Treasury Board President Jean-Yves Duclos says the prime minister wants to move “very quickly” to dismantle barriers that contribute to systemic racism.
The government is making modest progress at diversifying the federal public service, but there is more work to do, especially in the senior ranks, Duclos told a media briefing Monday.
More broadly, he said, the government can and should help others remove barriers to progress for Canadians of different racial backgrounds.
Duclos says it’s about empowering everyone to see the obstacles that others are facing.
He rhymed off a list of areas, including education, public safety and Indigenous relations, where advances in equity can be made.
“As elected officials and, more generally, as citizens, we do have both the ability and the responsibility to help,” Duclos said.
Prime Minister Justin Trudeau has already engaged his team ”to work very quickly and very efficiently” in coming up with a way forward, he said.
The government has come under pressure to spell out what it is doing to counter discrimination and entrenched racism in federal agencies following the police killing of a Black man, George Floyd, in the United States and a spate of confrontations between police officers and Indigenous Peoples as well as racial minorities in Canada.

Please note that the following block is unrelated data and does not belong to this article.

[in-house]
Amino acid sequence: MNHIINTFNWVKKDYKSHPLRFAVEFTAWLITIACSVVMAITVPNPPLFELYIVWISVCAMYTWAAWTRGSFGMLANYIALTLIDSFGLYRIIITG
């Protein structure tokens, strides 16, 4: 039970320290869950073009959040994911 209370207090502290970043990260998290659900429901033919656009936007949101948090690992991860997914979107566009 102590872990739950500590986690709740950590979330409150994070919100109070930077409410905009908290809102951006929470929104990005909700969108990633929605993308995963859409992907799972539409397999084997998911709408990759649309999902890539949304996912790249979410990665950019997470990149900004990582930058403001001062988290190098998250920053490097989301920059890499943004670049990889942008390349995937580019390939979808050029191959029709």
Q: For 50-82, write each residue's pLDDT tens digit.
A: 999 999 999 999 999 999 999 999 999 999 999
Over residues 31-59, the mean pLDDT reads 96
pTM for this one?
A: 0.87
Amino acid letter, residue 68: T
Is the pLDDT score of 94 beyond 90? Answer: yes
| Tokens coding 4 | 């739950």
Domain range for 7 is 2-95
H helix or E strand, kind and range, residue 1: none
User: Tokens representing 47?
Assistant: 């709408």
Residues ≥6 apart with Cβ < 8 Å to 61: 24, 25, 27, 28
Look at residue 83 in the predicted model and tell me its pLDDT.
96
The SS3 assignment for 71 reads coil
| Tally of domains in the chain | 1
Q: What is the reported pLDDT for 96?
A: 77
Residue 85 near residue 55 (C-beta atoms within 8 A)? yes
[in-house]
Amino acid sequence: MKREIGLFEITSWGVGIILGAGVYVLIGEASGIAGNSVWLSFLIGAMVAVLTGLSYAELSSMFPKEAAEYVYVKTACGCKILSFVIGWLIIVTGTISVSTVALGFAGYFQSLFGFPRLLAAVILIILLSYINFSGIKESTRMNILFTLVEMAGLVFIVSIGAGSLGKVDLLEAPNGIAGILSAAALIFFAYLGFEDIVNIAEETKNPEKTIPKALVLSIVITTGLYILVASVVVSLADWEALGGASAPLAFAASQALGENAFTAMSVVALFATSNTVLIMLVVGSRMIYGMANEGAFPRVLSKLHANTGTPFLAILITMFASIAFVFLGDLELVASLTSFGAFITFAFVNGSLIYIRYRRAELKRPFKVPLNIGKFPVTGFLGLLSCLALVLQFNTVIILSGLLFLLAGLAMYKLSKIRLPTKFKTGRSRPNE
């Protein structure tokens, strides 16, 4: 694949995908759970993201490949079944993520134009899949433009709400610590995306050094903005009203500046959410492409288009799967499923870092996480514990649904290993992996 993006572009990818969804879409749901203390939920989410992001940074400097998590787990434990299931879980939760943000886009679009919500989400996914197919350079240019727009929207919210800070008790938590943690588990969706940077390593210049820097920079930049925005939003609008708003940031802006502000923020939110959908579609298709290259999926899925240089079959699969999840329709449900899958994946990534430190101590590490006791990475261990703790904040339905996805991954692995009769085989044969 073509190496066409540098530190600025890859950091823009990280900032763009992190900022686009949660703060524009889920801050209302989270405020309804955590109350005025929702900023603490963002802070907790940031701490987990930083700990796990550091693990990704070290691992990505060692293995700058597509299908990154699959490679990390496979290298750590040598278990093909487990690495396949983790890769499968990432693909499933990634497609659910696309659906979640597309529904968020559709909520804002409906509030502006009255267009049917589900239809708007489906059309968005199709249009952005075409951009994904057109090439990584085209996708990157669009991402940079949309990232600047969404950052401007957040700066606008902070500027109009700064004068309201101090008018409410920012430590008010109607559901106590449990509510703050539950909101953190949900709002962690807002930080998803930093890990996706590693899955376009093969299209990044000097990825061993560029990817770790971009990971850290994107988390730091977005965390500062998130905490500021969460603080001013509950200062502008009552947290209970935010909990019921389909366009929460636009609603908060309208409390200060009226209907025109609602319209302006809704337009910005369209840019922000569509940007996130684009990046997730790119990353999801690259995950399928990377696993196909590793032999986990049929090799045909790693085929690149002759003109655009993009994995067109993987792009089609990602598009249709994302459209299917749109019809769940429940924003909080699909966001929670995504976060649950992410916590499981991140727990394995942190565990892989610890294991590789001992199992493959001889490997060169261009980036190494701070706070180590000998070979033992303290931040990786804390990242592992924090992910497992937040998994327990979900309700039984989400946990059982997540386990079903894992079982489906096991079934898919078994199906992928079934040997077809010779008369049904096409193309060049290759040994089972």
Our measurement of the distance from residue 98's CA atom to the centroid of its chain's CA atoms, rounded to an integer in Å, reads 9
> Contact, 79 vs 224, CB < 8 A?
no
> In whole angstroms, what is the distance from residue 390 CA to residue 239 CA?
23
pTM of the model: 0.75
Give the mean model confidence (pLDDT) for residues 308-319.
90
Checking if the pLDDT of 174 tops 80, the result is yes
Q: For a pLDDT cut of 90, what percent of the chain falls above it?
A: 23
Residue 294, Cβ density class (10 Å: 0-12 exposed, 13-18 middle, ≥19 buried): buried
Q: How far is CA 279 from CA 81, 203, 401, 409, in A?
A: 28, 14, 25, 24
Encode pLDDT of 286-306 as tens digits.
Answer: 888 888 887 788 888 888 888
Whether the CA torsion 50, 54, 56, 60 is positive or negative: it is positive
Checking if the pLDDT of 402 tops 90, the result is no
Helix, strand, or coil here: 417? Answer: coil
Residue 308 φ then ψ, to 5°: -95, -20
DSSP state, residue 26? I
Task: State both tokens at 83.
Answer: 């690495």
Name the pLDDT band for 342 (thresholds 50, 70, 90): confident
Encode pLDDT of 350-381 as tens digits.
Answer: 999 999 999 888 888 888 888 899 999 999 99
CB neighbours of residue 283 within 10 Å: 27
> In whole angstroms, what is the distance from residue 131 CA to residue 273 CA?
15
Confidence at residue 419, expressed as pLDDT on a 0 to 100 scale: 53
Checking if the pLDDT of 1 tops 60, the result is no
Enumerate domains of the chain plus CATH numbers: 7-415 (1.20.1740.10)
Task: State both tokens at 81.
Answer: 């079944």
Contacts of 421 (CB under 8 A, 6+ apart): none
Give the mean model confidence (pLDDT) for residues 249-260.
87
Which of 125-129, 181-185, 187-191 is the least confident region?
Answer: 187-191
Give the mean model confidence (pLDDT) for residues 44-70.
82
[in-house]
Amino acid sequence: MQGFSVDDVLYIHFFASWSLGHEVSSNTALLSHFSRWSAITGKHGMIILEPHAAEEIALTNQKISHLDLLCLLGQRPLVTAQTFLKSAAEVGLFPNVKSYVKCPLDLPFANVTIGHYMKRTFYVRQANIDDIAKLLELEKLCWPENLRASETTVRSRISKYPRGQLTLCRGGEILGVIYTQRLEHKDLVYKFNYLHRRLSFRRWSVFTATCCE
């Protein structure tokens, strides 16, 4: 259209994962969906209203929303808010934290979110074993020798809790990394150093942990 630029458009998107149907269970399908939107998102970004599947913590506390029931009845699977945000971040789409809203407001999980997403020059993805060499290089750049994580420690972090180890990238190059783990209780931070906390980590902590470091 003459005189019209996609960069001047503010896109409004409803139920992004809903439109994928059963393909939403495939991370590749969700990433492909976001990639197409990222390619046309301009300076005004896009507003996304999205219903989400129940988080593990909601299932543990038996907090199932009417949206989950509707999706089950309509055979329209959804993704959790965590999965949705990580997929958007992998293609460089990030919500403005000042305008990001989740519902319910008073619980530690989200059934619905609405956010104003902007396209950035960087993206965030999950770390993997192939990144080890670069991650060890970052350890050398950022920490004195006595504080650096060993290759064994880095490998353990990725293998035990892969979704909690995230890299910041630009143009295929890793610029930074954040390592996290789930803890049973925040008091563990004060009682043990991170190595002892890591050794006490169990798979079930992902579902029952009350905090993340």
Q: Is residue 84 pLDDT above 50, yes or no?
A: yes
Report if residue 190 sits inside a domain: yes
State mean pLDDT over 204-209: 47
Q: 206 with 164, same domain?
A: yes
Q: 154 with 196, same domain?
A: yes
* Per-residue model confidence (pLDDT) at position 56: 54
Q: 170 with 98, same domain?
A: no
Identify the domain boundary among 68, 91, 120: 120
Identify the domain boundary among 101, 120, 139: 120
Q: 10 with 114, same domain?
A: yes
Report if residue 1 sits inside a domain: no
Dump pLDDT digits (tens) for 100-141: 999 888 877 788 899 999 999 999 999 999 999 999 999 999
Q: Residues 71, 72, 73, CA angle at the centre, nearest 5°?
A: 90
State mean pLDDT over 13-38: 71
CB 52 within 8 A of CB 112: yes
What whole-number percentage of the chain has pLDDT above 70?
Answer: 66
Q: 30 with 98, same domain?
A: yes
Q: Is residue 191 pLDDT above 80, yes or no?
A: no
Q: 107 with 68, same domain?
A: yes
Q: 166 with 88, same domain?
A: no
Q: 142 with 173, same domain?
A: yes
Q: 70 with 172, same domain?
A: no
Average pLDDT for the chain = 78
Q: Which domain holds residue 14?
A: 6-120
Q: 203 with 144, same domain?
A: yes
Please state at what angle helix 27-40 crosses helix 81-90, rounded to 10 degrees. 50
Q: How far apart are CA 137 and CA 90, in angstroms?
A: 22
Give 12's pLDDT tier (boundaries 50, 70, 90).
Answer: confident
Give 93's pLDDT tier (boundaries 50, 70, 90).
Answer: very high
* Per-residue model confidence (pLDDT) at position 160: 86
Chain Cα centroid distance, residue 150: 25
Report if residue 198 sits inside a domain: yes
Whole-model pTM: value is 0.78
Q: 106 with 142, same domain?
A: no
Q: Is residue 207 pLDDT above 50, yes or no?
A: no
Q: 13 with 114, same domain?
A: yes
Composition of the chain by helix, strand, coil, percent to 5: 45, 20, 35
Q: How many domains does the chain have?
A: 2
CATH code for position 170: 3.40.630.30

Federal officials recently delayed a comprehensive response to the many recommendations of a national inquiry into missing and murdered Indigenous women and girls.
Trudeau said Monday there had been “stacks of recommendations, of analyses, of reports on measures that can be taken” to address systemic racism, particularly against Indigenous Canadians.
“It is a question of picking which of those recommendations we should be moving forward with first,” Trudeau said.
“And that’s why we’re working with Indigenous leadership and communities, working with the Black community, working with racialized Canadians to prioritize exactly what things we should do rapidly.”
The federal government should immediately declare First Nations policing an essential service, rather than just a program, to ensure adequate funding and a legislative base, said Perry Bellegarde, national chief of the Assembly of First Nations.
Bellegarde echoed Trudeau in noting there had been many studies and reviews on justice to draw upon.
The lack of action on the various recommendations is what is “killing our people,” he said.
As for the RCMP, Bellegarde advocates a zero-tolerance policy on excessive use of force.
“There are things that can happen immediately, short-term, within the existing systems that are there.”
— With a file from Mike MacDonald in Halifax
Jim Bronskill , The Canadian Press
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